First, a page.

It was a good experiment and I look forward to trying again next season. Hopefully we’ll get to at least one game with better weather and a little more action.

Taxi and Takeoff

We flew back to Minnesota on Tuesday, just in time to enjoy the last gasps of fall. Apparently, the weather was beautiful here while we were gone, although a couple of windy days stripped a lot of the remaining leaves from the trees. So we’ve missed what was supposedly one of the more impressive displays of fall color in many years. Bummer.

I ordered a taxi online to drive us to the airport. The driver called about ten minutes before the scheduled time and I was somewhat surprised to hear that it was a woman. In many, many years of taking taxis to and from the airport, I’ve never had a female driver. She was confused about our exact address and I had to talk her through driving to the back of our townhome complex. A little odd, but the taxi company isn’t always good about including the precise building and unit number in the order to the driver, so I didn’t think much about it.

When I went outside and actually saw the driver, my first thought was “when did the taxi company start hiring teenage boys?” She seriously looked like a 15 year old boy. I almost asked to see her driver’s license. My confidence really took a dive when I told her we were going to the airport and she asked me if I had the address. The address? It’s the airport, no I don’t have the address. I’m pretty sure if you punch airport into your GPS, it will come up.

I assured her that we knew how to get to the airport and would give her directions. And so we did. Ridiculously explicit directions. (Do I take this exit? The one that says airport with the little picture of a plane? Yeah, that would be a good idea) I felt a little sorry for her. She was obviously a nice person but she clearly won’t last a month as a taxi driver.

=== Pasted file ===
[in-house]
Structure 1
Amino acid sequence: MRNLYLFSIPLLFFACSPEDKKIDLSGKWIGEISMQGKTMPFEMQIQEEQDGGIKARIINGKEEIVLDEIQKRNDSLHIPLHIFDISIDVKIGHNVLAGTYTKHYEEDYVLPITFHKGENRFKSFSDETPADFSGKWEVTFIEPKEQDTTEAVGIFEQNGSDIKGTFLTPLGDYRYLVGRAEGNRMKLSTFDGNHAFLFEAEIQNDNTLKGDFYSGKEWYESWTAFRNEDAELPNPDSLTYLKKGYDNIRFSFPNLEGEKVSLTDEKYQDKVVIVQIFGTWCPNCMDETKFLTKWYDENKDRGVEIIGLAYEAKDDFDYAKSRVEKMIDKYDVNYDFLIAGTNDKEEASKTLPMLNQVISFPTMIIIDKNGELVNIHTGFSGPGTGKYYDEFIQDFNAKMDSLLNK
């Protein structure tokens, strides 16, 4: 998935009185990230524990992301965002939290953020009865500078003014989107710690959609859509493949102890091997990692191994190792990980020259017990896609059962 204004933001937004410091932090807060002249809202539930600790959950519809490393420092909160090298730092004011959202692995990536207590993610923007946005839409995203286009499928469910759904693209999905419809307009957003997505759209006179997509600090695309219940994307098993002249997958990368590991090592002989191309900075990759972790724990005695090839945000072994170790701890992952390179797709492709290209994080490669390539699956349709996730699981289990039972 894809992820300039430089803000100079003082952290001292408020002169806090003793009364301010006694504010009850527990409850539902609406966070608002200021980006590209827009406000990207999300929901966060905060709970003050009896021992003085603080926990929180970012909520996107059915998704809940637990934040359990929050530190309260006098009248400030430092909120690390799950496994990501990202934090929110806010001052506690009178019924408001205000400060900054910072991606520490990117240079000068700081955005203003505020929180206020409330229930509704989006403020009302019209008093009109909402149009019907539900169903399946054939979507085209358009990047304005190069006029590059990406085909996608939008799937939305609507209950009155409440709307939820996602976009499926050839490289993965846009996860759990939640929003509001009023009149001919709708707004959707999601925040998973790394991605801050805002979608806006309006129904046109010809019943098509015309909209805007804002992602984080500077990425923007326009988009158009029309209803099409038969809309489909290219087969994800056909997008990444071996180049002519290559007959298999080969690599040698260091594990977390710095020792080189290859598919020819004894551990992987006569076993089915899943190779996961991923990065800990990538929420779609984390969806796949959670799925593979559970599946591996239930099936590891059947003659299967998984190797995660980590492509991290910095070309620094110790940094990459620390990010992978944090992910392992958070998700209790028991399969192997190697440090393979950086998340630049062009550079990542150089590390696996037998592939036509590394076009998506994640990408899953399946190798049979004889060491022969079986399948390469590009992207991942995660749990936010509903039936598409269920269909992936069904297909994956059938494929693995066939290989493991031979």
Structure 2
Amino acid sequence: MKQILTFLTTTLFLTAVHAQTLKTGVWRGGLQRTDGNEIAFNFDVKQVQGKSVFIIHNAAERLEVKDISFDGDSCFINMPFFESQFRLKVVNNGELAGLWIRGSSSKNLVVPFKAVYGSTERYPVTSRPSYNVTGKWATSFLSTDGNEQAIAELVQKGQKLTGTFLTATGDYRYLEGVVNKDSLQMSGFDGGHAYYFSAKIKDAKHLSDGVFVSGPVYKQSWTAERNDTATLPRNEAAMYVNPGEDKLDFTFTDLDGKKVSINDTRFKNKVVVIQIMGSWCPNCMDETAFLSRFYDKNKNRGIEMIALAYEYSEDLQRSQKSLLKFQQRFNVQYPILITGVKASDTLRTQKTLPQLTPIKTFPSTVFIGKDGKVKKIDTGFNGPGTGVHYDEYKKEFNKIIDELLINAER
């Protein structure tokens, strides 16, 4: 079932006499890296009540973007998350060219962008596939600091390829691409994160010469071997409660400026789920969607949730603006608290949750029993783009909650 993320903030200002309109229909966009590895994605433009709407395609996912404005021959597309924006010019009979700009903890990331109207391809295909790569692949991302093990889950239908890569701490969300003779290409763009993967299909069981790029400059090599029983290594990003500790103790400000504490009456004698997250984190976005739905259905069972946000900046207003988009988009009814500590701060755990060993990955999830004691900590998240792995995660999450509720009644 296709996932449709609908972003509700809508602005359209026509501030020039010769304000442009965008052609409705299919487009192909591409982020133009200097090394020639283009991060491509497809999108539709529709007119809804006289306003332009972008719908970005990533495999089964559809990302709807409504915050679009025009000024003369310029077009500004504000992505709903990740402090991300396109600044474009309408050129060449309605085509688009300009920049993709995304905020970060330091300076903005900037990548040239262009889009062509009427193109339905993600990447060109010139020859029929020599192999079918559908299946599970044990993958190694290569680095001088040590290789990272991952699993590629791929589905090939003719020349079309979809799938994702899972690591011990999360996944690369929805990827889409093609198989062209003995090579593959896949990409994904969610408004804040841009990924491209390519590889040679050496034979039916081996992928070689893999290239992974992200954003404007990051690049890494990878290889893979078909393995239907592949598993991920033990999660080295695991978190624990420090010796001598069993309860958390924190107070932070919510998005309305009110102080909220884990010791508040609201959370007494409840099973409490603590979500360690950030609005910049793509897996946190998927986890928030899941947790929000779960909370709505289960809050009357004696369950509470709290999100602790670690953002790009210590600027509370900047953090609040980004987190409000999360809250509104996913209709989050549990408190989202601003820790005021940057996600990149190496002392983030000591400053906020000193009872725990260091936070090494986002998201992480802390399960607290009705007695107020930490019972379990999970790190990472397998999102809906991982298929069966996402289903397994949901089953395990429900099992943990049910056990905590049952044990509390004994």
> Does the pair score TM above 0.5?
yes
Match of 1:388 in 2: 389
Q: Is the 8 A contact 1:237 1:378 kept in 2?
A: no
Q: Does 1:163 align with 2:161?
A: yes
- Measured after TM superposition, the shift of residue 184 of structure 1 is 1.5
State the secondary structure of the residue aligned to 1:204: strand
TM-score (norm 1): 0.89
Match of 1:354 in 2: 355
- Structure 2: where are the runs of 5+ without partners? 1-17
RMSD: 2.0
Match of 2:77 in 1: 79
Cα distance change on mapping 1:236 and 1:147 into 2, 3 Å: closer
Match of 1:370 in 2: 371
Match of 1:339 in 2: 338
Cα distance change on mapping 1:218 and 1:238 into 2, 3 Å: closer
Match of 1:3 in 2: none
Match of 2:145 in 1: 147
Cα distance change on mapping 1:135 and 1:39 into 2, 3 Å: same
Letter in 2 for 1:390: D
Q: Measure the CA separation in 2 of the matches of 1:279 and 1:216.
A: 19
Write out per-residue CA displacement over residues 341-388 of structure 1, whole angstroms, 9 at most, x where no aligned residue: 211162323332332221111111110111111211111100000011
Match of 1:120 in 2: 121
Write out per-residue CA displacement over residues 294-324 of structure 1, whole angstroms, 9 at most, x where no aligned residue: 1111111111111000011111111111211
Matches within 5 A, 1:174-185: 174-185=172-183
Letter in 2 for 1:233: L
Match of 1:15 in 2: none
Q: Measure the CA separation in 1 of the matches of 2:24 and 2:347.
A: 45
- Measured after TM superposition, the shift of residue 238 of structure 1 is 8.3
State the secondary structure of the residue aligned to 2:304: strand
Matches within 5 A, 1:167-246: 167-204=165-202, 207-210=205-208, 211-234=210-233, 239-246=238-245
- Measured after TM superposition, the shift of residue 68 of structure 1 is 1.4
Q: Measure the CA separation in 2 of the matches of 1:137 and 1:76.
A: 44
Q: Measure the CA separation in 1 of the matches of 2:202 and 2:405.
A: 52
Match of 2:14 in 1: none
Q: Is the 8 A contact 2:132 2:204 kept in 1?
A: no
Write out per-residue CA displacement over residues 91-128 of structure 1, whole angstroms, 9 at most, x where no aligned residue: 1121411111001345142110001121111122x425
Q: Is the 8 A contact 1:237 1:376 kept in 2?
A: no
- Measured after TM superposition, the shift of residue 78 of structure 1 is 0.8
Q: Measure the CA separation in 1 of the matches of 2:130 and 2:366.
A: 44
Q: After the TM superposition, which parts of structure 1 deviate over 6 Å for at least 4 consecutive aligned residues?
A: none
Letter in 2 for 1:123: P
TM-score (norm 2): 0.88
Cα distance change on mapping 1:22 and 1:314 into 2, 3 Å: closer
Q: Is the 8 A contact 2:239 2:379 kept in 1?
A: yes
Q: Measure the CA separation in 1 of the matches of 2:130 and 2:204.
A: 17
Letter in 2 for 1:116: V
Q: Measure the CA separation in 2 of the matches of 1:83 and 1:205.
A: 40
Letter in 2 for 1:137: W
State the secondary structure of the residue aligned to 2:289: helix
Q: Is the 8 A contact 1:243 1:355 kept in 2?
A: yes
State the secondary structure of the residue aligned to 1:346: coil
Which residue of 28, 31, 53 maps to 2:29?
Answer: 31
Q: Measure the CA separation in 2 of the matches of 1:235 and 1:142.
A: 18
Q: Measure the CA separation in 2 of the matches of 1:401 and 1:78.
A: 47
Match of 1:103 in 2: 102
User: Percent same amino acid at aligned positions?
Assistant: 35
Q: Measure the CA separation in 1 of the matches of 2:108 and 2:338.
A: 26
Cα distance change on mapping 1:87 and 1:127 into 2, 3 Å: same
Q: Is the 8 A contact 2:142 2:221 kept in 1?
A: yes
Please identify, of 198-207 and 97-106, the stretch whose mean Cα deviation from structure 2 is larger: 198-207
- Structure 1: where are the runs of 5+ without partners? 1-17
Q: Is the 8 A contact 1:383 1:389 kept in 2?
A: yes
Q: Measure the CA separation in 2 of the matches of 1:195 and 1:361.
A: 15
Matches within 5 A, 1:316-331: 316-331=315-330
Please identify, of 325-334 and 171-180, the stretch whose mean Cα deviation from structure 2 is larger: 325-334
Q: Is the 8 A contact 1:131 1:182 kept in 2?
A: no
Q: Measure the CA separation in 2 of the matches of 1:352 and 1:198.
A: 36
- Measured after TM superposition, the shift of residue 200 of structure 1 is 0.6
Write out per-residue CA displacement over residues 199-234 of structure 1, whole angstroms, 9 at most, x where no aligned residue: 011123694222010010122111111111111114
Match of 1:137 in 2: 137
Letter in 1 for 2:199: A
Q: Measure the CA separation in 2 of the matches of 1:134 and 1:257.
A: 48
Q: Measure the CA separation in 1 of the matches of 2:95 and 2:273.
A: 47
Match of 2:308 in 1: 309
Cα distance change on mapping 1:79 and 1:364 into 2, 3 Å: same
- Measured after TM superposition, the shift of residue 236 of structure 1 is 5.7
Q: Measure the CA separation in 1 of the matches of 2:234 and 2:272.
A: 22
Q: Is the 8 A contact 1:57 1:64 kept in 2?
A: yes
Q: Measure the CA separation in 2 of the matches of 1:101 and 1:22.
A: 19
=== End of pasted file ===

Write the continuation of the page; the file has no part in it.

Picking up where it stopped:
I’d like to say that was our last little hiccup, but I ran into another snag at security when my boarding pass wouldn’t scan. Neither would the backup copy. (Yes, we always print two copies) The TSA agent gave me the choice of going to a Delta agent and getting a new copy printed or going through the regular line instead of the TSA pre-check line. Considering there was no one else in line, I opted for the latter. Let’s say it was a relief to finally board the plane.

Where the Green Things Are

As I mentioned back in August, each of the three Domes house a conservatory. One has a tropical theme, one has a desert theme and one has a generic pretty flower garden sort of theme. That’s not what it was called, but it’s not far off. The desert dome was lame compared to places we’ve seen in Phoenix. The tropical one was nice but sort of spoiled by the addition of plastic dinosaurs. I am totally not kidding about the dinosaurs. Pandering to kids.

5DM349315DM34940

 

Since I had gone to the trouble of bringing my macro lens (although I can’t recall what compelled me to put it in the bag at the last minute), I took full advantage of it once we were inside the domes. It’s easy to avoid the dinosaurs when you’re focusing this close.

I tried photographing quite a few flowers, but none of them turned out as well as the greenery.

5DM34957The flower dome was the prettiest of the three, but didn’t yield any good images. No matter, I can take macro photos of leaves all day long and never get bored.

Under the Dome

When I wrote about our visit to Milwaukee back in August, I mentioned an art festival at The Domes. I was writing in real time, so I hadn’t processed any images at the time. My bad.

5DM34849I was mostly using my 100mm macro lens, so I played around with some close focus. This is a detail of one of the tables outside of the dome.

5DM34855Of course the 100mm isn’t just for macro work. This is a shot of part of one of the domes and the funky curved structure over the building that connects the three domes. I tried it in black and white but there wasn’t enough contrast to make it work.

5DM34902bwThis is an even tighter shot of the dome ceiling from the inside, converted into black and white.